Throw Another $1.7 Billion in the California Bullet Train Money Pit
The first leg is already seeing massive cost overruns. Imagine its future.
The very first, very incomplete section of track for the California high-speed rail boondoggle is running nearly $2 billion over budget and is now projected to cost $8 billion, 27 percent more than original estimates.
Ralph Vartabedian of the Los Angeles Times has been documenting the skyrocketing costs of the program, warning it's going to be wildly over its $64 billion budget. This comes as not surprise to the project's critics, who have been warning all along that costs were underestimated and benefits exaggerated. He reports:
Officials have disputed outside estimates that indicate the project's price tag is growing — including one in December by the Federal Railroad Administration that cited a cost of $9.5 billion to $10 billion. In 2015, the authority's main consultant, WSP, also had said in an internal assessment that costs were rising.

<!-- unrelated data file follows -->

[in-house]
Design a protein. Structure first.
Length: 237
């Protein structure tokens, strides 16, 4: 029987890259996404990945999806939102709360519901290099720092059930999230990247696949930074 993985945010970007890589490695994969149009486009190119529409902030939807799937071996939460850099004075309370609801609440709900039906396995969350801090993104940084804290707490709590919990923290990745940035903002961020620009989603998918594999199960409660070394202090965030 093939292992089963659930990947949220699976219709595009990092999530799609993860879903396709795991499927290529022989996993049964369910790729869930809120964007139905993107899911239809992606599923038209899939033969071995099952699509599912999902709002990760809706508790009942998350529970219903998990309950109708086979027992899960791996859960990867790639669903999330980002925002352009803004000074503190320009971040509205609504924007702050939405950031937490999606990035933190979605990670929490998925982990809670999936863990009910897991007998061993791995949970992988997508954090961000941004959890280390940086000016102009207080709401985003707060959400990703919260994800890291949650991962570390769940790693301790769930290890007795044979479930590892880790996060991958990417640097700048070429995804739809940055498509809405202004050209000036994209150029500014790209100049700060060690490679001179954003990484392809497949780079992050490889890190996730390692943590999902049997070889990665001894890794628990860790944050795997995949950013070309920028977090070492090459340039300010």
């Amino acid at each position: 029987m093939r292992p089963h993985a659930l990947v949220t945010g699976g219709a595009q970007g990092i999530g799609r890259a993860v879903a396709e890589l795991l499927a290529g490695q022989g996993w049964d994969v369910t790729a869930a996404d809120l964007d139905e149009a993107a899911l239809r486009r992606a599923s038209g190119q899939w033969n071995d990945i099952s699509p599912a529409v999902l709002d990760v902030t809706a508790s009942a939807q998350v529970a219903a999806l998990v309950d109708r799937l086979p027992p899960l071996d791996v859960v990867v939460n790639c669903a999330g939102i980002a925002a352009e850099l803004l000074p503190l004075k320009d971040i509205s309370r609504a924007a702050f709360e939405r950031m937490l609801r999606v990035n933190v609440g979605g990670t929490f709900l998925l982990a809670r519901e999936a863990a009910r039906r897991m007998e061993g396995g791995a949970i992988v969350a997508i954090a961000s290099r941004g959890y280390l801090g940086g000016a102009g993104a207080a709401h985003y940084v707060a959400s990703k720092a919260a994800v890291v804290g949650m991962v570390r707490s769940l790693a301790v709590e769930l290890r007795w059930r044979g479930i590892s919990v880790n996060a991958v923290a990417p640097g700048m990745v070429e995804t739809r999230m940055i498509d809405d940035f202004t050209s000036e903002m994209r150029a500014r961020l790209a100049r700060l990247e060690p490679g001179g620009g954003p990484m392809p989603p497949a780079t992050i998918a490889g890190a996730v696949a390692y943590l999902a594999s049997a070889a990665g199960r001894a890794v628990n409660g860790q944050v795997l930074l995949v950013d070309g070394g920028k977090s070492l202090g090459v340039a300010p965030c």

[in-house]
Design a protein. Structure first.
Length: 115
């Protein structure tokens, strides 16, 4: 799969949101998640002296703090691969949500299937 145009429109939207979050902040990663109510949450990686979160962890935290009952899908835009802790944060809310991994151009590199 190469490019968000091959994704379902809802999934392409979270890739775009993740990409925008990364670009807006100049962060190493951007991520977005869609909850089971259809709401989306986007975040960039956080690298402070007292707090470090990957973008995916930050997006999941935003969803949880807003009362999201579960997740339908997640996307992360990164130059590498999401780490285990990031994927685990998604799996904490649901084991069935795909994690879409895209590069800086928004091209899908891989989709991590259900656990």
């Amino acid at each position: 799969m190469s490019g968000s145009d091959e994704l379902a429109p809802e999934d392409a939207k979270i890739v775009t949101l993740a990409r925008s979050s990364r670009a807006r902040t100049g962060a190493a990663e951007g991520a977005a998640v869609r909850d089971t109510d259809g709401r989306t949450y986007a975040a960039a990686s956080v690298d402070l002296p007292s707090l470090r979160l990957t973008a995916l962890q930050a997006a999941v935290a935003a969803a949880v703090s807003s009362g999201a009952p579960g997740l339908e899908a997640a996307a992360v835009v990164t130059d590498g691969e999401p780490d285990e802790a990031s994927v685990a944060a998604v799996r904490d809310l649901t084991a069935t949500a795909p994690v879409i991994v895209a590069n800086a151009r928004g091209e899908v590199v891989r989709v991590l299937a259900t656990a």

The overruns raise a serious possibility: If the reasons for the Central Valley increase also affect other parts of the Los Angeles-to-San Francisco project, then it could drive up the price for the entire $64-billion system by billions of dollars.
Critics long have forecast that the final tab could top $100 billion. But supporters of the bullet train — the nation's largest infrastructure project — reject those assertions, saying the rail line will become a cornerstone of the state's transportation system and that such cost increases should be taken in stride.
No, a high-speed train will not become a cornerstone of transportation in California unless it bans cars (heaven knows, Gov. Jerry Brown would eventually try if his term weren't ending in a year). It will instead require heavy state subsidies in order to operate, unless they massively jack up the price of tickets (currently estimated at $86 to travel the completed length, from San Francisco to Los Angeles).
The ballot initiative authorizing the building of the train does not permit subsidies, so that might be a bit of a challenge.
But nobody can say they were not warned. The man behind the initial ballot initiative to authorize the rail's construction, Quentin Kopp, realized the project had turned into a massive scam and financial boondoggle. He's been suing to try to halt its construction. Watch ReasonTV's recent interview with him below: